3818 - Did Chiefdoms Once Exist in the Upper Xingu?

It was in 1955 that Kalervo Oberg first introduced the concept of “chiefdom” as a multi-village polity governed by a paramount ruler, and it was in 1962 that Elman Service incorporated this idea into a socio-political evolutionary sequence: Band, Tribe, Chiefdom, State. This paper defines the specifics of what constitutes a chiefdom, clarifying the importance of this stage of socio-political evolution. It presents a comprehensive outline of the factors that most strongly suggest the existence of a chiefdom in an attempt to offer a uniform tool that anthropologists can use in the future to discern the likelihood of the presence of a chiefdom in any region. To model an application of this method, this paper presents a case study of the prehistoric Arawak settlements of the Upper Xingu . In particular, it draws on the findings from Michael J. Heckenberger’s substantial fieldwork and excavations in this area, as presented in The Ecology of Power (2005). Heckenberger’s findings are examined anew and compared to a chart of characteristics that anthropologists have cited as strongly suggesting the existence of a chiefdom in order to determine whether this level of socio-political structure was actually present in the Upper Xingu . As part of the application of this prototypical chiefdom model to the features of the prehistoric Upper Xingu , this analysis interprets Heckenberger’s observations of the potential of the environment to both attract and support substantial populations (resource concentration). Additionally, this investigation assesses evidence of a catalyst that would have prompted the transcending of autonomy (warfare). Furthermore, this study considers the physical evidence described by Heckenberger that suggests that substantial populations once inhabited the Upper Xingu (multiple, interconnected villages). Ultimately, it becomes apparent that the data suggest that chiefdoms did, in fact, once exist in the Upper Xingu . Thus, with the conjunction of both ethnographical and archaeological perspectives, this paper will not only demonstrate the process of discerning a group’s socio-political structure, but will serve as a testament to the scholastic value of clearly defining the concept of “chiefdom.”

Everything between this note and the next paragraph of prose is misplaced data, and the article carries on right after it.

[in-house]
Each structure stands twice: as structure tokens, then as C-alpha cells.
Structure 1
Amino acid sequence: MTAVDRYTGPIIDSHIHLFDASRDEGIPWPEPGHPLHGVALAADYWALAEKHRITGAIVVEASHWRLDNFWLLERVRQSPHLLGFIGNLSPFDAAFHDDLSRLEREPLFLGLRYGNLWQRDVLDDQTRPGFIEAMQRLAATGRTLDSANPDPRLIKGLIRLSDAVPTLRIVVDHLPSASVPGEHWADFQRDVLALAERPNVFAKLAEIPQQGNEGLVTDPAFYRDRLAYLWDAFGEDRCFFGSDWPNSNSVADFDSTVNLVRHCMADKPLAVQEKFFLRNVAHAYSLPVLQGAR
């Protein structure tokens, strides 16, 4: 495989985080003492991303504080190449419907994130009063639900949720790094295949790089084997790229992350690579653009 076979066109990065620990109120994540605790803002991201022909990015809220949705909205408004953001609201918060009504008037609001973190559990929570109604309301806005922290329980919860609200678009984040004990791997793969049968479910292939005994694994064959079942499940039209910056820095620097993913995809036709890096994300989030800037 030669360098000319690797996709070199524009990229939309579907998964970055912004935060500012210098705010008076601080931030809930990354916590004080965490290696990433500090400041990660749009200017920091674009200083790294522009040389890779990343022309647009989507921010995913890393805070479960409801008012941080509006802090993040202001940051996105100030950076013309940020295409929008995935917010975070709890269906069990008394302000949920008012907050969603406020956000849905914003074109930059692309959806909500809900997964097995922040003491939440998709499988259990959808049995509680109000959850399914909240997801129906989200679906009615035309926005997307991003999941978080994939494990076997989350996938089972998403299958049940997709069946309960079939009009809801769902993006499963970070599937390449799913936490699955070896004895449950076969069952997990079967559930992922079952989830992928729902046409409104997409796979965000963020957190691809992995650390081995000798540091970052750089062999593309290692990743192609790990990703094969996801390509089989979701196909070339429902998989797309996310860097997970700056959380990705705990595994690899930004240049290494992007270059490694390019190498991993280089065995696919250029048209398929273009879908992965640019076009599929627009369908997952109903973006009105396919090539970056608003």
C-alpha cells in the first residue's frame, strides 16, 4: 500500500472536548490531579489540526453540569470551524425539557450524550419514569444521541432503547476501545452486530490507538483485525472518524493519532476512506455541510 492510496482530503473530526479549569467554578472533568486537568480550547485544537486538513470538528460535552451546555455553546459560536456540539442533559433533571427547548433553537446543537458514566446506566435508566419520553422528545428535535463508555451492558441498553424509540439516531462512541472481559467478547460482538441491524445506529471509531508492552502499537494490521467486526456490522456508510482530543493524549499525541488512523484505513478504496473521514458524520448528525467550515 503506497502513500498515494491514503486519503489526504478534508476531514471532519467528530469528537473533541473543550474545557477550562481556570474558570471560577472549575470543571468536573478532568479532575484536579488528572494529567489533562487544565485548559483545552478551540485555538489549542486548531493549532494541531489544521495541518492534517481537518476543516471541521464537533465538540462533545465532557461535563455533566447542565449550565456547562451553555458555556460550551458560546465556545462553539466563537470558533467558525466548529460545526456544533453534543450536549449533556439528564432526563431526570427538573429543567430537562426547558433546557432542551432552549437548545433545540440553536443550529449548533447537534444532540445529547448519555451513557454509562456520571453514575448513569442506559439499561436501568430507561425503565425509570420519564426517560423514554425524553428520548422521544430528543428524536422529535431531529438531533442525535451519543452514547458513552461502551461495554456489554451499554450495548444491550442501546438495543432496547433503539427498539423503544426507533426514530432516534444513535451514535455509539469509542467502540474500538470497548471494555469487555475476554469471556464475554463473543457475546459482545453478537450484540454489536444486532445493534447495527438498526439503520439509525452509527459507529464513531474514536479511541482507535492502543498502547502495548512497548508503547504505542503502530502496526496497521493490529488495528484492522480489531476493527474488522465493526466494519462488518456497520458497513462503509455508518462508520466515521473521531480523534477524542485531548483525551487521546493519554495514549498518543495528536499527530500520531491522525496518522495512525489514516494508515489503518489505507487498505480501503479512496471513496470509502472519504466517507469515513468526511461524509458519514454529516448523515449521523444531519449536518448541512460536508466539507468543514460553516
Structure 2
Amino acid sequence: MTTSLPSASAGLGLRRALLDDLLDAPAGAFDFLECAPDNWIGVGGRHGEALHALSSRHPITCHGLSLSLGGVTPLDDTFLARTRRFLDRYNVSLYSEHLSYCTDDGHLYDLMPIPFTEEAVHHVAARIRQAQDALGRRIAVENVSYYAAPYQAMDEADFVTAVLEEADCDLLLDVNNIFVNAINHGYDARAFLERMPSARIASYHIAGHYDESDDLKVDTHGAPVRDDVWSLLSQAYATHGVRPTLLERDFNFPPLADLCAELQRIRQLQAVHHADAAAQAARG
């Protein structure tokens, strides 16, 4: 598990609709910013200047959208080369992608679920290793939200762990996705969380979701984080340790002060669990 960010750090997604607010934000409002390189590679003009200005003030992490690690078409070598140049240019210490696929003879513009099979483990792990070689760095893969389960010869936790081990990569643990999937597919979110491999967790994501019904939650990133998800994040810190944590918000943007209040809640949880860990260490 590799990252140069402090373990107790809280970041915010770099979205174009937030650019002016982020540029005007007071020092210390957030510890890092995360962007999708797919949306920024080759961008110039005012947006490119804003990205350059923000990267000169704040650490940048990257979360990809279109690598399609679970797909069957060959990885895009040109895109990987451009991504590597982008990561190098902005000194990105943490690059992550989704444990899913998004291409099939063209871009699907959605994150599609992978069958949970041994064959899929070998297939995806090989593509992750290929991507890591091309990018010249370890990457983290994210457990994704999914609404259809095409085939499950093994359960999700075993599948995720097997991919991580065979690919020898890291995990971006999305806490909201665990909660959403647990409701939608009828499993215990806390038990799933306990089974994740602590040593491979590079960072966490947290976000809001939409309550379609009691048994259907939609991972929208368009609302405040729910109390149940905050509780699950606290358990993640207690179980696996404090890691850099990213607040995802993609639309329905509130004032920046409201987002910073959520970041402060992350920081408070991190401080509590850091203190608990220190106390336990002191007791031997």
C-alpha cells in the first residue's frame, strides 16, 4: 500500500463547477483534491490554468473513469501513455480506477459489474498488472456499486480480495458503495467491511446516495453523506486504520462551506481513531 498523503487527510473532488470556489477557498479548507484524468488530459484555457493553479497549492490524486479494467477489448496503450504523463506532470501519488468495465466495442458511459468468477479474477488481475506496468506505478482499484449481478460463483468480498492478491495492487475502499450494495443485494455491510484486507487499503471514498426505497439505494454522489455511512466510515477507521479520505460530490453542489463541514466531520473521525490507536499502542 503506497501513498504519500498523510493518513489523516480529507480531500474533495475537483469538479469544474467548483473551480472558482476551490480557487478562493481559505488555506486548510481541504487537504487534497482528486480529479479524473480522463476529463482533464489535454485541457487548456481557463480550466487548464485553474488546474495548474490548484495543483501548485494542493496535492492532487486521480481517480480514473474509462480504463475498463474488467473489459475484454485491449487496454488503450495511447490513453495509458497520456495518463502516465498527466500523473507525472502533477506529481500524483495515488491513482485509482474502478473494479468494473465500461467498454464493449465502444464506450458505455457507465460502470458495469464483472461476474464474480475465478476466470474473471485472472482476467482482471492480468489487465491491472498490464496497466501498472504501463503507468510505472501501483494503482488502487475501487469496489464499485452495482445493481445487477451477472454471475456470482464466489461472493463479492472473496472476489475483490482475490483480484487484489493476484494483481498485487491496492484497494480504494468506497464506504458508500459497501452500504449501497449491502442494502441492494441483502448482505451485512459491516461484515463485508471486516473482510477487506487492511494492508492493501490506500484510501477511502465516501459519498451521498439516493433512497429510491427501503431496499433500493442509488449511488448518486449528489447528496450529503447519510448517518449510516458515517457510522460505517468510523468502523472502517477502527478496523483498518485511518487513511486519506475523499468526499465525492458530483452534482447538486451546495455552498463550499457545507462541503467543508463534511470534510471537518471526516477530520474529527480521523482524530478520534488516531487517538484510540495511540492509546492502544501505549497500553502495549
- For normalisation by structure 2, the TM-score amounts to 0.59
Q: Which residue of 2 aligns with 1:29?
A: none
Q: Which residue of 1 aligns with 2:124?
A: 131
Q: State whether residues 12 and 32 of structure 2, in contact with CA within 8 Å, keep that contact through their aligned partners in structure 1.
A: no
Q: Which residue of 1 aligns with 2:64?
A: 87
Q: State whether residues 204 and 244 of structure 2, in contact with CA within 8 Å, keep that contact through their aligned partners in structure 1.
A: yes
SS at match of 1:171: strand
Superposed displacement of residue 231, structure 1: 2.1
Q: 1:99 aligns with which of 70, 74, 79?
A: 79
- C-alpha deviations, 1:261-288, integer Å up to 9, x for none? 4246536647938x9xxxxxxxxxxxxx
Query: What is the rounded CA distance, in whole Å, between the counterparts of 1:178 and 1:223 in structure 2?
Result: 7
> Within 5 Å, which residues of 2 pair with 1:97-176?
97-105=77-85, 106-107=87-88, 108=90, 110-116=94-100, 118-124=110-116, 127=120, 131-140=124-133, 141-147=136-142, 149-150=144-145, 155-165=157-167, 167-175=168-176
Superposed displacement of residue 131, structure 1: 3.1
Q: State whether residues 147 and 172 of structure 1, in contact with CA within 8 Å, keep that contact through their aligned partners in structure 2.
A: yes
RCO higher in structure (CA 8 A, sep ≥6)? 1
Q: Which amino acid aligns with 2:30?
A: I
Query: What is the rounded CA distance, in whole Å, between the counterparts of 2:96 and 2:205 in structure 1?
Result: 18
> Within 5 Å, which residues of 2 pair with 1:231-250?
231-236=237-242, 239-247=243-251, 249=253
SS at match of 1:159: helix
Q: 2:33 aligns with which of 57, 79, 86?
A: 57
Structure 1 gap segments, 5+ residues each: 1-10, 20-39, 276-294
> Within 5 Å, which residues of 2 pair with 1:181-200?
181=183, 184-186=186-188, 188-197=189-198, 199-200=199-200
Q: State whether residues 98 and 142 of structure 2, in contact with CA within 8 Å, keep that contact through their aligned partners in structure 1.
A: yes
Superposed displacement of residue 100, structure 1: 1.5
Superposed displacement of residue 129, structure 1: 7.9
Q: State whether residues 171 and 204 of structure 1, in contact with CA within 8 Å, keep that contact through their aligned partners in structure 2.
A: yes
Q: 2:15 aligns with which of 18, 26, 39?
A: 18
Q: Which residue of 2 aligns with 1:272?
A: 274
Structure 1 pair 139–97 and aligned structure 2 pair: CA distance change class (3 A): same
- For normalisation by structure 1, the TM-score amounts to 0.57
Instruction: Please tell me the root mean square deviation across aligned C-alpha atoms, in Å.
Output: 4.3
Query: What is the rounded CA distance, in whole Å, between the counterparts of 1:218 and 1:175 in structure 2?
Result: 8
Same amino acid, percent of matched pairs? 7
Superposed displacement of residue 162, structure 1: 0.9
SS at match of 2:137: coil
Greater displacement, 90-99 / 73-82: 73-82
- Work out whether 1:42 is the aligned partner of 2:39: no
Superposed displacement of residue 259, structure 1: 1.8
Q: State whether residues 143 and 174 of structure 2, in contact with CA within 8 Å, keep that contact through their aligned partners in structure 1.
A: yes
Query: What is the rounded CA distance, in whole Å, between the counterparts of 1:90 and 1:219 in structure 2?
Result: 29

Keywords: Chiefdoms, Upper Xingu, Socio-political Evolution, Michael Heckenberger

Author: Wildey, Amanda Jo (American Museum of Natural History, Ud States of Am / USA)
Co-Author: Carneiro, Robert (American Museum of Natural History, New York, Ud States of Am / USA)


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